The Great Orme. There’s definitely a dragon buried here. It’s a huge hill on a promontory. If you were a Viking you’d use it for navigation, and there were plenty of Vikings running around this area. Orme as a word looks like worm. Worm, for dragon, was in common usage. It fell out of common usage some time after Beowulf, and got clawed back into the language along with so many other archaisms by JRR Tolkein. But clearly the hill contains one of the great Welsh dragons, in deep slumber. Back in the day, one of the great Wyrms crept into a cave here, tired of slaughter, and laid her iceberg sized head down for a long sleep. When she rolls, the earth shakes. One day she will rise from her slumber and send her fire to the pathetic monkeys that have stripped her land and filled the air with poison and the sea with plastic. But for now she sleeps. And we ate our lunch on her.

Picnic from ASDA. Mackerel and French bread and camembert and tomatoes and salami. Cheap as chips and tastier. We sat and looked at the sea mist where The Isle of Man was hiding. As Tristan opened a can of gin, someone said “That’s a very civilised picnic.” Well, we have just been doing fine dining. And it was only a couple of quid.

Unfortunately, with the dragon sleeping below, the seagulls are channeling her boldness. We had an attendant seagull, frogging around and yarking at us. It got a whole half of mackerel and shoved it down in one. Then it was eyeing up our leftover salami.

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Thank God we are larger than birds. They are inevitable, like time. They’d have our eyes as soon as blink if they weren’t base level aware how easily we could break their necks. It knew where all our food was. At one point, with this particular gull, I lured it so close with a piece of salami that I could’ve broken its neck with ease. I gently touched the back of its head and it dropped low and yarked. It didn’t stop it from coming back.

In the evening we met Liam at Theatre Clwyd. I’ve never been before. It is an amazing theatre. A producing house surrounded by sheep and views with one of only 21 full sized paint rooms in the world, a 570 seater main auditorium and a gorgeous extremely customisable studio space. The things that you could make in this big theatre above a little Welsh village so close to Liverpool – it boggles the mind. As Liam said “You can see why we moved house for this job.” He’s Executive Producer here, and as part of our tour told me the extent of his plans and ambitions for the building. It’s already wonderful. He wants to make it more so. I’m sitting with him now, with 2 other lads. Four old friends who still make theatre, talking about life. It’s good to have a few days down. It’s good to see old friends. It doesn’t feel like summer if I don’t see Liam, having worked so many consecutive years for him at Sprite. I’m going to get back to the conversation. Stefan is talking about comparative genocide. How lucky we are to have the luxury for these conversations while other people are caught up in this shit.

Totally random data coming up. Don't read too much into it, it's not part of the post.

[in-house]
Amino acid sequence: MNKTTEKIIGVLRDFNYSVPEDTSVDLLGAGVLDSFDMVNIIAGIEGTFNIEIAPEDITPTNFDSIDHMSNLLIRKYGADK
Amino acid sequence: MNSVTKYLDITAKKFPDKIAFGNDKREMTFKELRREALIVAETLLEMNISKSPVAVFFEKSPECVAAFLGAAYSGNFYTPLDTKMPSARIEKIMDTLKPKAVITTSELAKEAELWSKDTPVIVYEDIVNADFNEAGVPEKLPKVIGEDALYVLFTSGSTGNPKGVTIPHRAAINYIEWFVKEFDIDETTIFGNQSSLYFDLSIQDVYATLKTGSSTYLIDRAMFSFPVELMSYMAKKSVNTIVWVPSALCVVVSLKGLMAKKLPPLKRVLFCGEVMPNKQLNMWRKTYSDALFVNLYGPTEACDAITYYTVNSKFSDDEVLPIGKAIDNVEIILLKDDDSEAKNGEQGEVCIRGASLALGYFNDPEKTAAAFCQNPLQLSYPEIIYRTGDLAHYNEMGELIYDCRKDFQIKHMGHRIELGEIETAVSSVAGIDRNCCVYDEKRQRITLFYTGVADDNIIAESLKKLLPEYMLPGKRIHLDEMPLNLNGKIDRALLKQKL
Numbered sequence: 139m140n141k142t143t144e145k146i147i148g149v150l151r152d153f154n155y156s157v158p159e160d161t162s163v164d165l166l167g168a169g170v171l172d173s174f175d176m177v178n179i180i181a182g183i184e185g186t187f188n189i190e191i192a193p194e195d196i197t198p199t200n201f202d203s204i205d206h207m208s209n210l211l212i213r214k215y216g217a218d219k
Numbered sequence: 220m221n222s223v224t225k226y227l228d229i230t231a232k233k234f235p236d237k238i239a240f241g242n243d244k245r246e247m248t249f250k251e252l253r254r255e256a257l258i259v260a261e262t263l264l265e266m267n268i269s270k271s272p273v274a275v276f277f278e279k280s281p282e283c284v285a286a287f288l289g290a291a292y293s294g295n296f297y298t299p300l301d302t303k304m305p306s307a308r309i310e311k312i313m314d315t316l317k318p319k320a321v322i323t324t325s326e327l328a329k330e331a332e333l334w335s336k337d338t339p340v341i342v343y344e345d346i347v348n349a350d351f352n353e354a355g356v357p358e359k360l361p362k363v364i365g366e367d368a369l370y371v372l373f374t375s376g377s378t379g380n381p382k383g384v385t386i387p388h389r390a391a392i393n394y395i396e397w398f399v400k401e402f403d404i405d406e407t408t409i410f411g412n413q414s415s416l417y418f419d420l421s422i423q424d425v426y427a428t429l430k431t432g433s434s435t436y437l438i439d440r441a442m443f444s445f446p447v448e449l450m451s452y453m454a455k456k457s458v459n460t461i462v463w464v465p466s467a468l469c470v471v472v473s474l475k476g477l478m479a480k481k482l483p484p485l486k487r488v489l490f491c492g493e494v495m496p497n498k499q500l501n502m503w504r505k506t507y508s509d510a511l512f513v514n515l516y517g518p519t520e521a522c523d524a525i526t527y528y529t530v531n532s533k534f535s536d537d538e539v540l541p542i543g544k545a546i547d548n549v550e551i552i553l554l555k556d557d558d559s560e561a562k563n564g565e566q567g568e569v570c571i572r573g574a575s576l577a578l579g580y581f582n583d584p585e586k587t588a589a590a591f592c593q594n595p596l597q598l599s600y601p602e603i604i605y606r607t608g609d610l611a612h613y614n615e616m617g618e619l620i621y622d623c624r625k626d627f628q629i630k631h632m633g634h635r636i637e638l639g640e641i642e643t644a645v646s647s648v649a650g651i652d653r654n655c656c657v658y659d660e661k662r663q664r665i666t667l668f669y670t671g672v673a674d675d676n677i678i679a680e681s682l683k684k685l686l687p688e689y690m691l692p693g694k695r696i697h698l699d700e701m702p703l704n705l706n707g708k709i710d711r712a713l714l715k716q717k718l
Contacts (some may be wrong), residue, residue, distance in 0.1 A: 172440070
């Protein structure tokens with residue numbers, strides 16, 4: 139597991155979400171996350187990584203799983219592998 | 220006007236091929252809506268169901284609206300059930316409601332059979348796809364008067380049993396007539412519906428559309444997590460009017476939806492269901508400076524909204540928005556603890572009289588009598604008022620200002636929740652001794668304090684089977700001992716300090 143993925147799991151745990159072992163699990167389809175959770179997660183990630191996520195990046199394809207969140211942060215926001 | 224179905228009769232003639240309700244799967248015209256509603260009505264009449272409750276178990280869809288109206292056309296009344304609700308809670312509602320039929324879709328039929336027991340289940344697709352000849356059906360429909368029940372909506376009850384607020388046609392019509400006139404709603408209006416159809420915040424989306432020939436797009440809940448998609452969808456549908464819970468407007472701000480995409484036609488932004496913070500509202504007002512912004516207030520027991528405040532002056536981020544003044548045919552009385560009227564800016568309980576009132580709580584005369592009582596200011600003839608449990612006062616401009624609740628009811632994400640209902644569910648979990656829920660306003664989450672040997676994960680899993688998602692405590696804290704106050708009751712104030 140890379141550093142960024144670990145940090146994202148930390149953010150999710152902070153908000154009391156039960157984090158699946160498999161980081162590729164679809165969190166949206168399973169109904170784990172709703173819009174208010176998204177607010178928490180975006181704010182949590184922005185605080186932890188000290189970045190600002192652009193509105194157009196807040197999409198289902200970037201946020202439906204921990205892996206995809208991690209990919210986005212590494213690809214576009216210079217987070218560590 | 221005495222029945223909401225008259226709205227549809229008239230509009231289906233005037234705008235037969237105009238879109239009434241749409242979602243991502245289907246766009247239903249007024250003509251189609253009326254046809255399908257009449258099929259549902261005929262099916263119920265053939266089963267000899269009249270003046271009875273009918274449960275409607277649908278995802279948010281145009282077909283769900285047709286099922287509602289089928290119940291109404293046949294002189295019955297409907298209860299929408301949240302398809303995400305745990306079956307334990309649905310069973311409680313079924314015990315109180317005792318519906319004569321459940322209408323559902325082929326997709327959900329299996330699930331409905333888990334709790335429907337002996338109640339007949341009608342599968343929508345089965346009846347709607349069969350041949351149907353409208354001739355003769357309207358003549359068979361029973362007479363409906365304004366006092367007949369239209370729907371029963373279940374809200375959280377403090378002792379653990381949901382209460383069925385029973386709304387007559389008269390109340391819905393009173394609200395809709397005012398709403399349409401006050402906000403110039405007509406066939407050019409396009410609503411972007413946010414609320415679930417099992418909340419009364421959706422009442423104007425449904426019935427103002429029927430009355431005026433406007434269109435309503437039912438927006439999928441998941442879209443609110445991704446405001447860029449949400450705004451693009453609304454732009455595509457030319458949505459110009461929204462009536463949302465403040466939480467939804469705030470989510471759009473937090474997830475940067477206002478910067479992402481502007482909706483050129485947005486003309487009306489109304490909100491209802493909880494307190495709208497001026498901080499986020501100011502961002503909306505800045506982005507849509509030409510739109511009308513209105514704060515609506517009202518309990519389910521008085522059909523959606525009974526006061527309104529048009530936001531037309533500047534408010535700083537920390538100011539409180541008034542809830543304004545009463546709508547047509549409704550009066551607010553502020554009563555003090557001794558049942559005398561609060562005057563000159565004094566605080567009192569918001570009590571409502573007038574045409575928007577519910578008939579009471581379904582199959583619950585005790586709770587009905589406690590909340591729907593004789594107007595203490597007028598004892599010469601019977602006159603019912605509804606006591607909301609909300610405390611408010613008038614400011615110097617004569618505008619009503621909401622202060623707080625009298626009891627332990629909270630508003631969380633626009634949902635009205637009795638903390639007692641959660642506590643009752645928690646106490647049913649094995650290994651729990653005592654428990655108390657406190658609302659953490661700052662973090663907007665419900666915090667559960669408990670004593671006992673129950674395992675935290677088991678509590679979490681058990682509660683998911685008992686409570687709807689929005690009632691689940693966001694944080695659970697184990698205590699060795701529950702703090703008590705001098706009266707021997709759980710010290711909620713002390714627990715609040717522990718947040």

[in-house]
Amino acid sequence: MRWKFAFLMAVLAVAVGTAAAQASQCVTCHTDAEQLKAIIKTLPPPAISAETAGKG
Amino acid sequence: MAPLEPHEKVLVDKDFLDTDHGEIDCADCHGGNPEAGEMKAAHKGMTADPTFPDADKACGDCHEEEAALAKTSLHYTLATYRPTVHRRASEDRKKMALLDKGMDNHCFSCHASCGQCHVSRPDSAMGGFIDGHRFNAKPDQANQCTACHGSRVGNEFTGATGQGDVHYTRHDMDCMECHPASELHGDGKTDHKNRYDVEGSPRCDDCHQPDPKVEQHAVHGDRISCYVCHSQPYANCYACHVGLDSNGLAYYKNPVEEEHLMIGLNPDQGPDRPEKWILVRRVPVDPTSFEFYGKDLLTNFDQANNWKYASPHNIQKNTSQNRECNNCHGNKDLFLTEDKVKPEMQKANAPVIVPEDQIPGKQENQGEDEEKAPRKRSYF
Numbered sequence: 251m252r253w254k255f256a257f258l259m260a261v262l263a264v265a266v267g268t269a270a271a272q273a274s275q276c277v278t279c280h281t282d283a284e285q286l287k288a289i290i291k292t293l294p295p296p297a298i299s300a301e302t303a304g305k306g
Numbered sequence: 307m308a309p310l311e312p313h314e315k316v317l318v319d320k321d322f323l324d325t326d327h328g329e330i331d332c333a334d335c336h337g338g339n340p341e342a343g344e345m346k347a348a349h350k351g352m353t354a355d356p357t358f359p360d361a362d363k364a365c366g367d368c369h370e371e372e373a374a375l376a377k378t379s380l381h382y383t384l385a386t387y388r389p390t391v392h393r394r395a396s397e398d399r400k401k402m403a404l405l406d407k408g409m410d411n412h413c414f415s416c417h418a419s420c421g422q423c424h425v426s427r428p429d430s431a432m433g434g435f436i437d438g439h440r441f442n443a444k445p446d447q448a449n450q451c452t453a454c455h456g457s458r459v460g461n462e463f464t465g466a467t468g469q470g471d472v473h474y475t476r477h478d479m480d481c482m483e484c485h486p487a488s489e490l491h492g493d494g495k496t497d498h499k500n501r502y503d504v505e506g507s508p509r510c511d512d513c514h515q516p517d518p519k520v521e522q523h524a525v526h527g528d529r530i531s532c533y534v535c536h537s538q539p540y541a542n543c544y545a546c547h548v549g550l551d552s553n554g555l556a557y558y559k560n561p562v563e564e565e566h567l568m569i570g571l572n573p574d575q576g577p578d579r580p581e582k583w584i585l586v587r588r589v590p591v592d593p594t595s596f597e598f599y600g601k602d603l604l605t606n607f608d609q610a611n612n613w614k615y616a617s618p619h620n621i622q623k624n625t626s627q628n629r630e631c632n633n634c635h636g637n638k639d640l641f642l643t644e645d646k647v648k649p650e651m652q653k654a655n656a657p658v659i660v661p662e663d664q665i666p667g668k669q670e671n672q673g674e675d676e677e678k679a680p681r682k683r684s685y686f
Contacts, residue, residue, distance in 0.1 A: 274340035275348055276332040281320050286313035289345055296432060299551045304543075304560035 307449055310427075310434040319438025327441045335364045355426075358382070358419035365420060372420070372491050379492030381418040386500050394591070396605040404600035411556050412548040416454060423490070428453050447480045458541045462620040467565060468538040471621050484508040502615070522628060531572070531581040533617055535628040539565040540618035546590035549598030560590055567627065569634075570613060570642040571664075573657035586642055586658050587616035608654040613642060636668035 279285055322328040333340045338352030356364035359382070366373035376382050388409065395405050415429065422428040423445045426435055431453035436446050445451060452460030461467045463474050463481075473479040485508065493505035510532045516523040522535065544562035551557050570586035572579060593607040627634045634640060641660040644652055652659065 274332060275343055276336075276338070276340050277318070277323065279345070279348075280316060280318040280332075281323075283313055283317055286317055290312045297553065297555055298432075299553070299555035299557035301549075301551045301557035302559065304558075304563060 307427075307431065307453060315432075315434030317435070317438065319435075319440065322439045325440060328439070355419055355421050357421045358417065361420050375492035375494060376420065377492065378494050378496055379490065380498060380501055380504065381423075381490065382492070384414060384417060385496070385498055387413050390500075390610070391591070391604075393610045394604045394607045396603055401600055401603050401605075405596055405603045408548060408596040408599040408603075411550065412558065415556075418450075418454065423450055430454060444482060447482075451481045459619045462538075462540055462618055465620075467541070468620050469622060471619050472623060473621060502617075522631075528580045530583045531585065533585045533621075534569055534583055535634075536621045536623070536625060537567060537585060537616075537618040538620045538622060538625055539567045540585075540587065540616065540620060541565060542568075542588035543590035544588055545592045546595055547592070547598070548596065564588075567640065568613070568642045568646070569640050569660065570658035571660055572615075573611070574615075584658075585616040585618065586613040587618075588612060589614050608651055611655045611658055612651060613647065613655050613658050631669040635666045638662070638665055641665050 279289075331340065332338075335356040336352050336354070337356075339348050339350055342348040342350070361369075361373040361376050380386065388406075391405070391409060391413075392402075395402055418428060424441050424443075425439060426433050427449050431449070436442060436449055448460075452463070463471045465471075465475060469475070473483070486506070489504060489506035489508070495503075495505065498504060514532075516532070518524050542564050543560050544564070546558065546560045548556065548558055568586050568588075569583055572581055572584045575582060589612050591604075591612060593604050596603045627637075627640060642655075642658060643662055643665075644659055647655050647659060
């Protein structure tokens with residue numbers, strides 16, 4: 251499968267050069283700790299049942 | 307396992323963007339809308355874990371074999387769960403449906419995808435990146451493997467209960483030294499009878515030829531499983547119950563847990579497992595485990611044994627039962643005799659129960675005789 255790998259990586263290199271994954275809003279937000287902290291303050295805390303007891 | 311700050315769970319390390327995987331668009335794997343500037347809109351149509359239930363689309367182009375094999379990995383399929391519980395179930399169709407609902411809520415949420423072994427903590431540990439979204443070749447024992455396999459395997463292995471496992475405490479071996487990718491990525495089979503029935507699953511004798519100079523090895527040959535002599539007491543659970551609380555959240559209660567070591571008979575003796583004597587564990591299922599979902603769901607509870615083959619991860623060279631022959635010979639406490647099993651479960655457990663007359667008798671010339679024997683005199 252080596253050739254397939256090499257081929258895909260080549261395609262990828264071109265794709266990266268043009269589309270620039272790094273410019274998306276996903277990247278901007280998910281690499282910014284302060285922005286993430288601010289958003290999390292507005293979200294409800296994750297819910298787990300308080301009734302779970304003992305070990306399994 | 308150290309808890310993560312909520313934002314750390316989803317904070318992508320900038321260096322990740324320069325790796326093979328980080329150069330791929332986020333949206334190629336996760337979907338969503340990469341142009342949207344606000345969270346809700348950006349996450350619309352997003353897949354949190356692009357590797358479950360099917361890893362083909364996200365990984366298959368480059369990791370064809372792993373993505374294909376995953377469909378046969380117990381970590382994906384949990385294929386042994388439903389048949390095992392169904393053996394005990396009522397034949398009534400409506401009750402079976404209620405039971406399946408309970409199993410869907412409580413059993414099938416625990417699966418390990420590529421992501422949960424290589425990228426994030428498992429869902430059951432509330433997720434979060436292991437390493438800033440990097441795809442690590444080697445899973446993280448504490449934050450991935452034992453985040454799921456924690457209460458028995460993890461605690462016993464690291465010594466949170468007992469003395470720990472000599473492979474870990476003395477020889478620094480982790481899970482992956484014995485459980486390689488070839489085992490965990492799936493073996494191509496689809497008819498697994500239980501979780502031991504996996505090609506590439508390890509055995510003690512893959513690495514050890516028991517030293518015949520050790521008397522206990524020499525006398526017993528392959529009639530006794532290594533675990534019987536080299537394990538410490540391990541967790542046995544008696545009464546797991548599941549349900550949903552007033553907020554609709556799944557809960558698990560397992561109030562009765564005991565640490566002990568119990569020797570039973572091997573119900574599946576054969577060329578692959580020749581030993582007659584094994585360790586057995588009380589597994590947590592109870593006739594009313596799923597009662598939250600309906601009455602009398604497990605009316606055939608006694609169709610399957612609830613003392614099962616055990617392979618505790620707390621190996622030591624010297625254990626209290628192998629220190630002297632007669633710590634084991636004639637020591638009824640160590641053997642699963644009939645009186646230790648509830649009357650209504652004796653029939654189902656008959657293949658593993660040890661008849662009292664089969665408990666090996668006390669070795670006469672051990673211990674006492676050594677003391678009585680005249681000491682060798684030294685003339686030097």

Puddleducking

It is done and I am free. Time to stop this crap now. No more. No more. No more. I ran myself into the ground again for something that doesn’t fill me with passion. My habit to always commit myself and to work as hard as possible caused me a great deal of actual physical pain with this rib. I’m an idiot.

Today has been a glorious day. I got up late and escaped from Pontins (god it’s horrible there. All those squat concrete “chalets” louring by the seaside.) I dropped off the team at the station, and then went back for Tristan and we found the best breakfast possible at Remedy in Southport. Tristan had Gin for breakfast. I had one too. Perhaps that was foolish, but at the time I was feeling great, with my morning solpadeine bubbling away inside me. That done, Tristan and I embarked on a seaside funday. We played the penny pushers and the shooty game. We even ventured into a casino and came out with roughly the same amount we went in with, which is essentially a win. We walked down to the end of Southport pier and contemplated the sand flats. Then, following the advice of an old friend of my dad’s, we went for tea on Lords Lane. Afternoon tea.

A lot better than the one we had to rush out to the buffet stands. An Edwardian tea room with ticking clocks and wood paneling. “Mrs Blennerhasset, we want cake, and fine wine.” Cash or cheque only and everything comes out in sterling silver. We felt a little like Withnail and I although there might be a problem determining which of us is Withnail. Either one of us might end up reciting Hamlet to the wolves in the park. Either one of us might get that changing job.

Then we drove into Liverpool and caught The Cavern Club.

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Here we are with Cilla. A guy was refreshing old songs with a good level of call and response, a strong voice and an excellent understanding of how to get his crowd to sing bits of his familiar songs. Considering he was early evening Monday, I respected his competence even if he couldn’t use his own material for whatever reason. It made me think of my old mate John Holt Roberts who busks in York. John was my Marley for my first year on Christmas Carol. His work is electric. He plays with his whole body, and he attacks his guitar. He would be awesome in that venue. But he’s Yorkshire through and through.